Discussion in 'Reviews' started by cadaveca, Nov 12, 2012.
To read this review go to: http://www.techpowerup.com/reviews/ASRock/FM2A85X_Extreme6/
Thank you for the review.
ps.: Just curious: why is the post from Nov. 2012 ? Is it just the date of the template post?
With very good performance and a lot of features, this board seems like a steal at $90
Yea, that's odd.
It is little things like this that ASRock is great at doing. They really do pay attention to the little details.
It is also nice to see the FM2 processors getting some high end board attention. This platform might be a budget minded platform, but that doesn't mean that people won't be building higher end rigs with it. And as an enthusiast I love to tinker with everything, I actually prefer tinkering with budget minded platforms more so than high-end stuff. But it is the worst when your ability to tinker is limited by the motherboard. I'm glad we have ASRock to provide a true high end board for the FM2 processors!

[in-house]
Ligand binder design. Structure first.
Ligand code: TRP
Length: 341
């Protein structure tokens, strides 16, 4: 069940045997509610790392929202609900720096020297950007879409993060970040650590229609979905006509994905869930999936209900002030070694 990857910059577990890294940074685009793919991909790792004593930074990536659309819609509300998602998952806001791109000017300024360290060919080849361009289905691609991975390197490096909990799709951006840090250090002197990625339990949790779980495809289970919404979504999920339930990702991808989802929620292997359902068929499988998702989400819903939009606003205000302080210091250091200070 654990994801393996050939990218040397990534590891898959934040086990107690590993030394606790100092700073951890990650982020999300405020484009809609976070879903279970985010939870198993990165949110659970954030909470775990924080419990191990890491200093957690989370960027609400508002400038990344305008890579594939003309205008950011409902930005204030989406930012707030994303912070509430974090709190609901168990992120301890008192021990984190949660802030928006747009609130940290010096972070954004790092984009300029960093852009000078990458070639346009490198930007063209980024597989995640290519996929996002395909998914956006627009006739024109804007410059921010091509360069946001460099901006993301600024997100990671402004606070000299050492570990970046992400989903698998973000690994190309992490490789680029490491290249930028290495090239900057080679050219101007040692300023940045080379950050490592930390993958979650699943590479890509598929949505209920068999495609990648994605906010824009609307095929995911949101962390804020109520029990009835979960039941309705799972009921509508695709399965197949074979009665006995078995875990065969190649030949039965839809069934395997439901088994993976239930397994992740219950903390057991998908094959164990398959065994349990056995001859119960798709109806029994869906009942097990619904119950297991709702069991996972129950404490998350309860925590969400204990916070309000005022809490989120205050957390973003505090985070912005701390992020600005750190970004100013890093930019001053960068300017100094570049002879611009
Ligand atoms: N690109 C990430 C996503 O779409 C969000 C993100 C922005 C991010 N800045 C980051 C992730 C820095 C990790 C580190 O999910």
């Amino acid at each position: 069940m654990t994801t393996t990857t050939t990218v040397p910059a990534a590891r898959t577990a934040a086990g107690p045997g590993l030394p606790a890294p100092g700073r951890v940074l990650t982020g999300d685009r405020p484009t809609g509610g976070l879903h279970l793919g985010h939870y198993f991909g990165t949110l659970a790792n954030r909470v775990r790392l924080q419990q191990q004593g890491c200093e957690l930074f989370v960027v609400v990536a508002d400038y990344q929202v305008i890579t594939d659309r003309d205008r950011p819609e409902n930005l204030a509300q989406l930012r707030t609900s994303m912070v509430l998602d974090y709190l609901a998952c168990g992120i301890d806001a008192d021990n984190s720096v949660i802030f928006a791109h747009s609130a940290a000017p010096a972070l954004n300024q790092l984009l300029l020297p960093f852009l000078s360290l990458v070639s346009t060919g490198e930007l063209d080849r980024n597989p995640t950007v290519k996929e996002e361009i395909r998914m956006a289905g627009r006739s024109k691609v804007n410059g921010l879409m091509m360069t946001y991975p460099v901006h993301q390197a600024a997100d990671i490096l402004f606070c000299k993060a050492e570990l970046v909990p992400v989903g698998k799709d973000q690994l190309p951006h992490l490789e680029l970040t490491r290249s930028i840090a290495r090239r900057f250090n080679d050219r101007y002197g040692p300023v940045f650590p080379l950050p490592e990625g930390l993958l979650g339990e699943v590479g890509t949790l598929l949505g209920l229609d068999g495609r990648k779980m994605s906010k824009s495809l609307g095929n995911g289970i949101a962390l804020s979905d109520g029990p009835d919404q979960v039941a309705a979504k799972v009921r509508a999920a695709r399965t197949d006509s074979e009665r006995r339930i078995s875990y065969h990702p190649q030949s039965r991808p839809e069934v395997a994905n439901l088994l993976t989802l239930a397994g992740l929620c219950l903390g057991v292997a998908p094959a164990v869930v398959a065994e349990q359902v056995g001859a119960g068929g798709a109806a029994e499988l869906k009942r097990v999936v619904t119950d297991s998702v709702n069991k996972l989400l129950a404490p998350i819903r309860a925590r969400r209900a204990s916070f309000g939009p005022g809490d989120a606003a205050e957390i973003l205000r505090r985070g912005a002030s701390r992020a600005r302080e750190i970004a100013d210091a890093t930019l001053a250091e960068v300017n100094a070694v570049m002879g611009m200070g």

Just a little typo I noticed, I think you meant the FM2 ASRock board.
My guess is that is when he started writing up the review. But with the PSU issues, and needing to ask ASRock for another board and send everything off to ASRock, it probably took a little longer to finish.
That was when I began working on this review. As mentioned in the review, due to a PSU issue, I requested a second board when I encountered problems, and the second board came direct from Taiwan(as do most of my samples, since I typically get them before the product launches). It has the same problem, so I then sent both boards, my APU, and my PSU to ASRock in Taiwan for testing, and then had to wait for it to be tested and then returned before I could do my review testing. Of course, all of this took time.